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Lesotho’s response to the global pandemic

The world continues to fight a battle with the almost impossible to maintain Coronavirus also known as Covid-19 or nCov-19. The global pandemic has claimed lives of many as seen in most parts of Europe, Southern and Northern America as well as some parts in Asia and Africa. Only a few countries still remain Covid-19 free, Lesotho Included.

Despite the fact that Lesotho is surrounded and landlocked by South Africa all cases suspected to have the virus have tested negative up to this date. South Africa has reported 3034 corona virus cases, this is 251 up from the previous figures with at least 52 fatalities. With numbers of positive cases seemingly increasing each day, Lesotho frets for its citizens’ health given it cannot handle the aftermath the virus brings along with decreased life mortality.

Lesotho has implanted prevention measures from the day the virus was declared a pandemic by WHO. The honorable Prime Minister Dr. Thomas Motsoahae Thabane began by closing all education institutions and schools that was effective from the 19th March 2020 until a statement had been given out. As the pandemic continued to spiral and came closer to home, a national 25 lockdown was initiated from the 29 March 2020 at 000hrs until the 21st April 2020.

During the lockdown, only essential services were open. These included grocery shops, supermarkets, healthcare facilities, pharmacies and petrol stations to mention a few. A gazette was released following the lockdown to state the terms of the lockdown and allowed operational hours for some of the essential services.

As Lesotho is already fighting a losing battle with poverty and hunger as well as an unsteady economy, the livelihood of some of the citizens are at stake as some cannot afford to stay at home. People like street vendors, the homeless and factory workers have poured their hearts out as to how this is a difficult time for them as their survival routines have been demolished. The government together with the National Emergency Command Centre has tried to alleviate the adverse effects of the lockdown by providing a relief fund to be donated to small business, the elderly, the poor, factory workers as well as hospitality business for 3 months so they are able to recover from this reverberation. Moreover, other companies and individuals have made it their sole duty to provide for the poor and those who are unable to survive during this lockdown. One of the individuals in collaboration with the agric college has set up a COVID-19 laboratory testing site as well as offer housing for quarantine.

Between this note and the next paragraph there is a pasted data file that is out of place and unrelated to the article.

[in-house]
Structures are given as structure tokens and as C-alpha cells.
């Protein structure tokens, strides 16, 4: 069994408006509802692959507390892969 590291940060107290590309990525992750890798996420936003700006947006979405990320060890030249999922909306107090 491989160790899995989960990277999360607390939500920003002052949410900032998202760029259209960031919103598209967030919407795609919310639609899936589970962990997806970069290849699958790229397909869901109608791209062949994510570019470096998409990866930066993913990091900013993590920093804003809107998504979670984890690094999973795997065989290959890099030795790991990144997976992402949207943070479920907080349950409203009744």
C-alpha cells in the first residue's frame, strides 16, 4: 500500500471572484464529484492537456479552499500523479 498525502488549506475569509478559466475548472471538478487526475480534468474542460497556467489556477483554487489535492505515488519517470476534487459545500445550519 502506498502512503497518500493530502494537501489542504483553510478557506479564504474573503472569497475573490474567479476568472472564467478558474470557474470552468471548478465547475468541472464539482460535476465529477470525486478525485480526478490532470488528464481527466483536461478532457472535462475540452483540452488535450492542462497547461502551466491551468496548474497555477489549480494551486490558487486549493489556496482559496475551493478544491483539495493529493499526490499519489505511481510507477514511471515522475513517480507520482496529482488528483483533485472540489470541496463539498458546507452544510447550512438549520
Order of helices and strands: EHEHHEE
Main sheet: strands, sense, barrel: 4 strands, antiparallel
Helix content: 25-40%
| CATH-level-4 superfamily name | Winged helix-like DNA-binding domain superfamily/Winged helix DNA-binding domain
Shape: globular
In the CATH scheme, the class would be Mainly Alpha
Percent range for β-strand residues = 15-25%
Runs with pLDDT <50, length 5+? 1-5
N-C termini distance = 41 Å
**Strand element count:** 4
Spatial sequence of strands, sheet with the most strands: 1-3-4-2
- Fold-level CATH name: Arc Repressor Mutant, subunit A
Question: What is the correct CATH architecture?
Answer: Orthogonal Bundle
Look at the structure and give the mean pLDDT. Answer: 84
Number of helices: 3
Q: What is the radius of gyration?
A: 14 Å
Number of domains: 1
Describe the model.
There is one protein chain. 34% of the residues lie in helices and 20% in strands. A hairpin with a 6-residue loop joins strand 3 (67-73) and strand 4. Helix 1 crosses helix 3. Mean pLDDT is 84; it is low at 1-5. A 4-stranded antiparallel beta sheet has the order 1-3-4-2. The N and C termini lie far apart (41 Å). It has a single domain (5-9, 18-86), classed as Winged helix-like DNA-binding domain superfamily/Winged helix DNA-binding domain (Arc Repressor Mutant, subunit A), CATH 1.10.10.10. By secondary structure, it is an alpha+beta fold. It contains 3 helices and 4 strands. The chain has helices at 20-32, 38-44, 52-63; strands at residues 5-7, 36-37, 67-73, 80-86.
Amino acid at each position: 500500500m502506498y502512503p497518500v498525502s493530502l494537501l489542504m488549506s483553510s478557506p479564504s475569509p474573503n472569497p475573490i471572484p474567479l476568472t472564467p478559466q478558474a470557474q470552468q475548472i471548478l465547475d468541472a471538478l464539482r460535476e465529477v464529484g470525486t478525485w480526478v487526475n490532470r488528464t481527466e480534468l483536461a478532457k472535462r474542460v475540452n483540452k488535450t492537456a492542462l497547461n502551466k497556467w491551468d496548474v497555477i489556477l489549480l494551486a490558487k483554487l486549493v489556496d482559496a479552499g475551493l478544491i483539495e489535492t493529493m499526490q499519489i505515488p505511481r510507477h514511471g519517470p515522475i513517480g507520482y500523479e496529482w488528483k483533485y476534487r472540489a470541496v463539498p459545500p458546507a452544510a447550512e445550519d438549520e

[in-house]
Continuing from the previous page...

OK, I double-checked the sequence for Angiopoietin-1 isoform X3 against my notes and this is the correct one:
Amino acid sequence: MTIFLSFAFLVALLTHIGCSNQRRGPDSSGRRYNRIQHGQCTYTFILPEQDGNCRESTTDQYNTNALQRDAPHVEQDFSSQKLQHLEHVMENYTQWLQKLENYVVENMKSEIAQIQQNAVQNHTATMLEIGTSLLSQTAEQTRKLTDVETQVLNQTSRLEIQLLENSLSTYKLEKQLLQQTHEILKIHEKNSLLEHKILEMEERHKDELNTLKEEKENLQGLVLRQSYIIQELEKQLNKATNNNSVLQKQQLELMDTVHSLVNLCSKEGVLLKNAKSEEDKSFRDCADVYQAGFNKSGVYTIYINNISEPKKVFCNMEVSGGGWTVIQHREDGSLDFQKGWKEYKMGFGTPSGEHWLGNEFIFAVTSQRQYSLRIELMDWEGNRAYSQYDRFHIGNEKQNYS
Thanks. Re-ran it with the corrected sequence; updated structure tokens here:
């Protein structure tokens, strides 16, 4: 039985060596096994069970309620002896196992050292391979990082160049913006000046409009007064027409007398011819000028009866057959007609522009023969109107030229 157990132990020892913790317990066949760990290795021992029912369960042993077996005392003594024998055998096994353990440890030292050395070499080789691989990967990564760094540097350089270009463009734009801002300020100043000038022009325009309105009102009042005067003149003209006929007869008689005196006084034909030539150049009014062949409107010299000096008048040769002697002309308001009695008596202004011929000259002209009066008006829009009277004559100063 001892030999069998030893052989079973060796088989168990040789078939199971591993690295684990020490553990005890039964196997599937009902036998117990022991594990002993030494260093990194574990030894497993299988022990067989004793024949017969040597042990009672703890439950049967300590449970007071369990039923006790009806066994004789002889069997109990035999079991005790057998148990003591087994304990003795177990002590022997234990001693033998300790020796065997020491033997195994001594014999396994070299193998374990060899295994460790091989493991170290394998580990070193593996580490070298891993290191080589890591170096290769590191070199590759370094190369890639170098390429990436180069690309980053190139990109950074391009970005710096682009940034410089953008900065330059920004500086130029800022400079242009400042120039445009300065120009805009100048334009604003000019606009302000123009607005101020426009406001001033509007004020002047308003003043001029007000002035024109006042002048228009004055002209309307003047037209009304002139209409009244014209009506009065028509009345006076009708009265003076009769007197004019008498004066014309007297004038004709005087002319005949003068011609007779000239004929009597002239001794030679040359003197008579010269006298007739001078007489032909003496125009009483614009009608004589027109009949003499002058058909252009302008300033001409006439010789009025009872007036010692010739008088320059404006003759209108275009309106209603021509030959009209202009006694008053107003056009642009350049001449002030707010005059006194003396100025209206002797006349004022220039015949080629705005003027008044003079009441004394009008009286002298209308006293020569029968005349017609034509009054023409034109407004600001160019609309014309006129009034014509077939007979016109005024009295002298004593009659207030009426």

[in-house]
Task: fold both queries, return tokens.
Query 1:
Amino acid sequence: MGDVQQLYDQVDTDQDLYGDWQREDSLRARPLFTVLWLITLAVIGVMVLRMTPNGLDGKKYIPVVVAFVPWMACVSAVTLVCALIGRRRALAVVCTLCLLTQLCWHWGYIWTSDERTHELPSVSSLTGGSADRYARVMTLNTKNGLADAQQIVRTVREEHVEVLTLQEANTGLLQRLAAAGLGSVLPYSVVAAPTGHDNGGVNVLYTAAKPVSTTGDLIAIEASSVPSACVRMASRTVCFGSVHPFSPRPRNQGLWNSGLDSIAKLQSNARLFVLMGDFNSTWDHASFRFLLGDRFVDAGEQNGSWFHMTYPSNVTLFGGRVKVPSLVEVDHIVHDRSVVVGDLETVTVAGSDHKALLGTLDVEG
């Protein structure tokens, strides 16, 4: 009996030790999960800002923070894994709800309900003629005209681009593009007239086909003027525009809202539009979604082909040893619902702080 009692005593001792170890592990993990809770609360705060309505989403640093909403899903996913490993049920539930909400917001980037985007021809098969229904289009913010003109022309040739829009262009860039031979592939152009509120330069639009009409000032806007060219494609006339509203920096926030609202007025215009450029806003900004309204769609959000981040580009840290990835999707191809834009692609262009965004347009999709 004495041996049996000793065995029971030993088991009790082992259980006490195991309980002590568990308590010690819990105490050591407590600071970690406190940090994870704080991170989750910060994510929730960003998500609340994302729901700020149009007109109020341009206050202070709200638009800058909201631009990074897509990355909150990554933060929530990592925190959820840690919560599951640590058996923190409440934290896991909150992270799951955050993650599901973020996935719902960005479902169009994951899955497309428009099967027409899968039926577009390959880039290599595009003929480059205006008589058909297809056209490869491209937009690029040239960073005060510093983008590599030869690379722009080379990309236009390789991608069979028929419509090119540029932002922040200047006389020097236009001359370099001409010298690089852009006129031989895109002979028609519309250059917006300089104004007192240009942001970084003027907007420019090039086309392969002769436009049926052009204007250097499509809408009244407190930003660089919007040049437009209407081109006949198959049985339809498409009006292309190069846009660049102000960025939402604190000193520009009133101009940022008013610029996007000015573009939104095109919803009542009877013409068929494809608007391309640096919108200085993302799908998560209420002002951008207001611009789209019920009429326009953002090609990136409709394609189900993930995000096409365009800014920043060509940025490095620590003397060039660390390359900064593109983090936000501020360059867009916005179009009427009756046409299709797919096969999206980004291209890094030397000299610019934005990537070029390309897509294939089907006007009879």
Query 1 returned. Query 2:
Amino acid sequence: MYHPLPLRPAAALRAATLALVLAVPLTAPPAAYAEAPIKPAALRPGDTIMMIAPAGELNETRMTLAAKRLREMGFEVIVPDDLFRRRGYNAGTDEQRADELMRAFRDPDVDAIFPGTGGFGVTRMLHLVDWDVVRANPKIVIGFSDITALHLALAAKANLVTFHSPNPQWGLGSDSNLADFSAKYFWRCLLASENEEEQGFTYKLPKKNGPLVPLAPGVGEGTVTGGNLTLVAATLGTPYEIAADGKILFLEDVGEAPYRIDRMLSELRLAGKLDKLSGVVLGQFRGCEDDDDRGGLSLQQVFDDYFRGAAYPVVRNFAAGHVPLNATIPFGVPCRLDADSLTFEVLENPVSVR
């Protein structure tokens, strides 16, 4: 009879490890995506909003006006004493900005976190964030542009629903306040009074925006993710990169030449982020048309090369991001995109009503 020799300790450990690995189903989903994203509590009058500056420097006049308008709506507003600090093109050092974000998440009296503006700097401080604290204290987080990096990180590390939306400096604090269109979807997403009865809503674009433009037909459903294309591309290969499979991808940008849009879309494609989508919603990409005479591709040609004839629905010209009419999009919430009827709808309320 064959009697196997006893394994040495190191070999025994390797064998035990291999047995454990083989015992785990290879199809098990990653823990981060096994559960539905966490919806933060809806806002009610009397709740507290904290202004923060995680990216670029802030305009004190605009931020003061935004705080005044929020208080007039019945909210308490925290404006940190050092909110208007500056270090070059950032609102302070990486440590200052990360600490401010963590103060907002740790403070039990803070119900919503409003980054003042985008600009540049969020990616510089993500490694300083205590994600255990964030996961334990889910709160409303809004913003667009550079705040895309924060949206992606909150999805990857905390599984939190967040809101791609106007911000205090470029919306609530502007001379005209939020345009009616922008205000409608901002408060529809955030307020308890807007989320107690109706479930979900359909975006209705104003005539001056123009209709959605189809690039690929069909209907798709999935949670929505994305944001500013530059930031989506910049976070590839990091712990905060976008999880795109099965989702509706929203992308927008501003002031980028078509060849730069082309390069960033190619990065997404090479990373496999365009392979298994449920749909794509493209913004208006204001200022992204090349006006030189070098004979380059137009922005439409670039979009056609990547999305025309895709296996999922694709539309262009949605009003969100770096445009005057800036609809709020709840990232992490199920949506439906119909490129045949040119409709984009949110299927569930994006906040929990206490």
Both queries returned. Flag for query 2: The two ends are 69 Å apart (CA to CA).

International students like that in South Africa, Botswana, Zambia, Algeria, China and India are also catered for in this harsh time they are spending away from home. The NMDS will continue to provide a satisfactory allowance so that they are able to sustain themselves until the pandemic has blown over.

Online education is expected to begin for students in higher education as a means to carry on with school content left for the semester.

So far, the lockdown is still expected to end on the 21st April 2020 but the nation still awaits the anticipated speech of the honorable Prime minister that has been postponed to the 20th April 2020. On the 15 April, the National Emergency Command Center declared a state of emergency from the mentioned date till the 28th April 2020. A state of Emergency is a situation whereby the government can determine and change the rights of citizens during a crisis, war or pandemics so as to bring stability and avoid turmoil.

Further updates will be given this coming week as the country draws nearer to the end of the national lockdown but with fear of an extension.

written by : Palesa Khotso.

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